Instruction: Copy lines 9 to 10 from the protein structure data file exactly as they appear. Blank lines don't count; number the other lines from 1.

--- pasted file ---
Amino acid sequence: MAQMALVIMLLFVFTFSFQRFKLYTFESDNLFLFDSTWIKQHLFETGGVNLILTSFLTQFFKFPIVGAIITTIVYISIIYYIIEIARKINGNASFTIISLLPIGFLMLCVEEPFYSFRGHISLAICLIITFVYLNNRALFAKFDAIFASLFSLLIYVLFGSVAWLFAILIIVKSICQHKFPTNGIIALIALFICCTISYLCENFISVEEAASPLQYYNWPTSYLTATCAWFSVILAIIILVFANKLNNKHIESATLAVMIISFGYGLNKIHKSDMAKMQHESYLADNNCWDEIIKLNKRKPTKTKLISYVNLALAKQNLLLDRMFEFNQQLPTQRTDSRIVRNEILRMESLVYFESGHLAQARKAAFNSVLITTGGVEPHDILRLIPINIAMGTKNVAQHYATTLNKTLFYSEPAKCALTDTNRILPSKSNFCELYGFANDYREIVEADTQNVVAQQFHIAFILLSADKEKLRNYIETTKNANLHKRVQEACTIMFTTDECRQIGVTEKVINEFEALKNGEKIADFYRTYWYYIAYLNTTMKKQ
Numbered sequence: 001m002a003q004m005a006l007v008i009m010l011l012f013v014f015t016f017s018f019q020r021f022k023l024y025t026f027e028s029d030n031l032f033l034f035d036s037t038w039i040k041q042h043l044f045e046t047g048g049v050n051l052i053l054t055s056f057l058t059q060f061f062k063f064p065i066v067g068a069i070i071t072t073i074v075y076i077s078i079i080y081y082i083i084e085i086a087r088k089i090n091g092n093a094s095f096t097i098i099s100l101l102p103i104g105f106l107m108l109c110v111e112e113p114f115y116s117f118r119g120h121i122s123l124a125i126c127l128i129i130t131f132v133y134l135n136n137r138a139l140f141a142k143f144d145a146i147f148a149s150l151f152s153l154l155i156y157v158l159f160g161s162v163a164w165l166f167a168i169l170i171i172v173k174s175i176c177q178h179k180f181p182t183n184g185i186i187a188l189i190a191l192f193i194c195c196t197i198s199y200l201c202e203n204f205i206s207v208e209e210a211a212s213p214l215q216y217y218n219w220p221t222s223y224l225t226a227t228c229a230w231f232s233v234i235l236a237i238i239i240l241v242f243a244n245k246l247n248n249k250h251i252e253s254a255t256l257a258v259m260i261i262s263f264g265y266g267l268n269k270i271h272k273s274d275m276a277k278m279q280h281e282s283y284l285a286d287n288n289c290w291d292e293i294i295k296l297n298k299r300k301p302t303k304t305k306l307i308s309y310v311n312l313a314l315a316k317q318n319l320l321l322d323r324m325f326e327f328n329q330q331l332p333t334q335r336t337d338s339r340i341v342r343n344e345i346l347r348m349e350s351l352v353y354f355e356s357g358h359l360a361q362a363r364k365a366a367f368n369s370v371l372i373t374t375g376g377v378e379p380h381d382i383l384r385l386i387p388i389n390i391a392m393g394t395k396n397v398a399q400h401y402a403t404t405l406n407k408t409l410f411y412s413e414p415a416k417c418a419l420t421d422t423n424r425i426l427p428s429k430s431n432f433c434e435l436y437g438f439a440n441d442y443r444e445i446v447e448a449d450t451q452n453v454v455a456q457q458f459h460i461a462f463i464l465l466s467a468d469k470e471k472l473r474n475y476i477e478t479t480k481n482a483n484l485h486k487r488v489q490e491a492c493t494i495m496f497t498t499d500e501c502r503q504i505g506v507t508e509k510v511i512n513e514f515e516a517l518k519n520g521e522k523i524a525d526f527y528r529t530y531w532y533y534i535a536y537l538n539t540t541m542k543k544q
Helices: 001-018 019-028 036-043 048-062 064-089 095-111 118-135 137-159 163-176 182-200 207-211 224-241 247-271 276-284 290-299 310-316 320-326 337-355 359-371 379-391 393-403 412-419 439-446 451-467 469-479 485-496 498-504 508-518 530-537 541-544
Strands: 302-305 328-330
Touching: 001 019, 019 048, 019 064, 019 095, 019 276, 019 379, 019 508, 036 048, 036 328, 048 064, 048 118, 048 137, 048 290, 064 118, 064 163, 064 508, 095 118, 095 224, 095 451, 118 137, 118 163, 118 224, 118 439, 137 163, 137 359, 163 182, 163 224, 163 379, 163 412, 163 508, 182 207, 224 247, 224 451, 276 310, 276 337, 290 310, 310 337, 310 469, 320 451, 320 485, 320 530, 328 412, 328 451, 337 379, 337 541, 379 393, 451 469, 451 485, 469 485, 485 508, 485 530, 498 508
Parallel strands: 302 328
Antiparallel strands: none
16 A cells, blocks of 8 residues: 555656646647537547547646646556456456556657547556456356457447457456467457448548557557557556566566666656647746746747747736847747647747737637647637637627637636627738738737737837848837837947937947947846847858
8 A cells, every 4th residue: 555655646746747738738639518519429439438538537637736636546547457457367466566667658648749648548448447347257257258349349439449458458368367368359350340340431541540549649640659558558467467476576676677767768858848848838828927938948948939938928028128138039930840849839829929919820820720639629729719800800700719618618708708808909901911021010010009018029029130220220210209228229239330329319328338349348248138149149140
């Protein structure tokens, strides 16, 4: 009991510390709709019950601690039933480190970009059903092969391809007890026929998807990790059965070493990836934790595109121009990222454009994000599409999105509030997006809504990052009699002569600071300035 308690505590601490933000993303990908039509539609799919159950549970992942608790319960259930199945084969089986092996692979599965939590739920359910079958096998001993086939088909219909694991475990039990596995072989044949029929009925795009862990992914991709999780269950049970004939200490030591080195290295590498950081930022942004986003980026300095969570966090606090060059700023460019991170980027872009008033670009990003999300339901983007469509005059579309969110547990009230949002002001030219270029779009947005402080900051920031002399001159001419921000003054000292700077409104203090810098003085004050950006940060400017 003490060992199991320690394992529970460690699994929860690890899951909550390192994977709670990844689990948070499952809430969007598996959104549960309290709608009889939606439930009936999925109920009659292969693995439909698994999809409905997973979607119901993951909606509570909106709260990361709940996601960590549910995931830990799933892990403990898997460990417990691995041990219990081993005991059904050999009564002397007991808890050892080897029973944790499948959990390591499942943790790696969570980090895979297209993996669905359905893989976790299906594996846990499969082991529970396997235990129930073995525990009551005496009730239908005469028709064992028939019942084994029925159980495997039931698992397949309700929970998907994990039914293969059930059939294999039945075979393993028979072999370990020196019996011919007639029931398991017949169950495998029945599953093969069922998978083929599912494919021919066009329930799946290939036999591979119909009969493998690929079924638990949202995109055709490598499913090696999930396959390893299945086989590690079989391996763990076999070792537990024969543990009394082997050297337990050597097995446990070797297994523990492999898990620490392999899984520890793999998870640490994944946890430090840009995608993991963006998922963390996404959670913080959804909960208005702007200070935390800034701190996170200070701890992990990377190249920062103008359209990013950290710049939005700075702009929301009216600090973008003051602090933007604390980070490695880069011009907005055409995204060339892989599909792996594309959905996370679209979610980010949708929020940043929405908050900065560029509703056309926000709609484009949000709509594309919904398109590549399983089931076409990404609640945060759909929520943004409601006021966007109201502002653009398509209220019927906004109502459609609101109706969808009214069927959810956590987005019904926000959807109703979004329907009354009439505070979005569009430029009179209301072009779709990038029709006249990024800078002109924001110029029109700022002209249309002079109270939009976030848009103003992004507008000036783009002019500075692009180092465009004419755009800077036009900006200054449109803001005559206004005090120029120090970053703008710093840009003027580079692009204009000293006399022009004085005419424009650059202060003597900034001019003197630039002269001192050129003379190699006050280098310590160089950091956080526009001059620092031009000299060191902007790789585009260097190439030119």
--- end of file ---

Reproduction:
8 A cells, every 4th residue: 555655646746747738738639518519429439438538537637736636546547457457367466566667658648749648548448447347257257258349349439449458458368367368359350340340431541540549649640659558558467467476576676677767768858848848838828927938948948939938928028128138039930840849839829929919820820720639629729719800800700719618618708708808909901911021010010009018029029130220220210209228229239330329319328338349348248138149149140
């Protein structure tokens, strides 16, 4: 009991510390709709019950601690039933480190970009059903092969391809007890026929998807990790059965070493990836934790595109121009990222454009994000599409999105509030997006809504990052009699002569600071300035 308690505590601490933000993303990908039509539609799919159950549970992942608790319960259930199945084969089986092996692979599965939590739920359910079958096998001993086939088909219909694991475990039990596995072989044949029929009925795009862990992914991709999780269950049970004939200490030591080195290295590498950081930022942004986003980026300095969570966090606090060059700023460019991170980027872009008033670009990003999300339901983007469509005059579309969110547990009230949002002001030219270029779009947005402080900051920031002399001159001419921000003054000292700077409104203090810098003085004050950006940060400017 003490060992199991320690394992529970460690699994929860690890899951909550390192994977709670990844689990948070499952809430969007598996959104549960309290709608009889939606439930009936999925109920009659292969693995439909698994999809409905997973979607119901993951909606509570909106709260990361709940996601960590549910995931830990799933892990403990898997460990417990691995041990219990081993005991059904050999009564002397007991808890050892080897029973944790499948959990390591499942943790790696969570980090895979297209993996669905359905893989976790299906594996846990499969082991529970396997235990129930073995525990009551005496009730239908005469028709064992028939019942084994029925159980495997039931698992397949309700929970998907994990039914293969059930059939294999039945075979393993028979072999370990020196019996011919007639029931398991017949169950495998029945599953093969069922998978083929599912494919021919066009329930799946290939036999591979119909009969493998690929079924638990949202995109055709490598499913090696999930396959390893299945086989590690079989391996763990076999070792537990024969543990009394082997050297337990050597097995446990070797297994523990492999898990620490392999899984520890793999998870640490994944946890430090840009995608993991963006998922963390996404959670913080959804909960208005702007200070935390800034701190996170200070701890992990990377190249920062103008359209990013950290710049939005700075702009929301009216600090973008003051602090933007604390980070490695880069011009907005055409995204060339892989599909792996594309959905996370679209979610980010949708929020940043929405908050900065560029509703056309926000709609484009949000709509594309919904398109590549399983089931076409990404609640945060759909929520943004409601006021966007109201502002653009398509209220019927906004109502459609609101109706969808009214069927959810956590987005019904926000959807109703979004329907009354009439505070979005569009430029009179209301072009779709990038029709006249990024800078002109924001110029029109700022002209249309002079109270939009976030848009103003992004507008000036783009002019500075692009180092465009004419755009800077036009900006200054449109803001005559206004005090120029120090970053703008710093840009003027580079692009204009000293006399022009004085005419424009650059202060003597900034001019003197630039002269001192050129003379190699006050280098310590160089950091956080526009001059620092031009000299060191902007790789585009260097190439030119």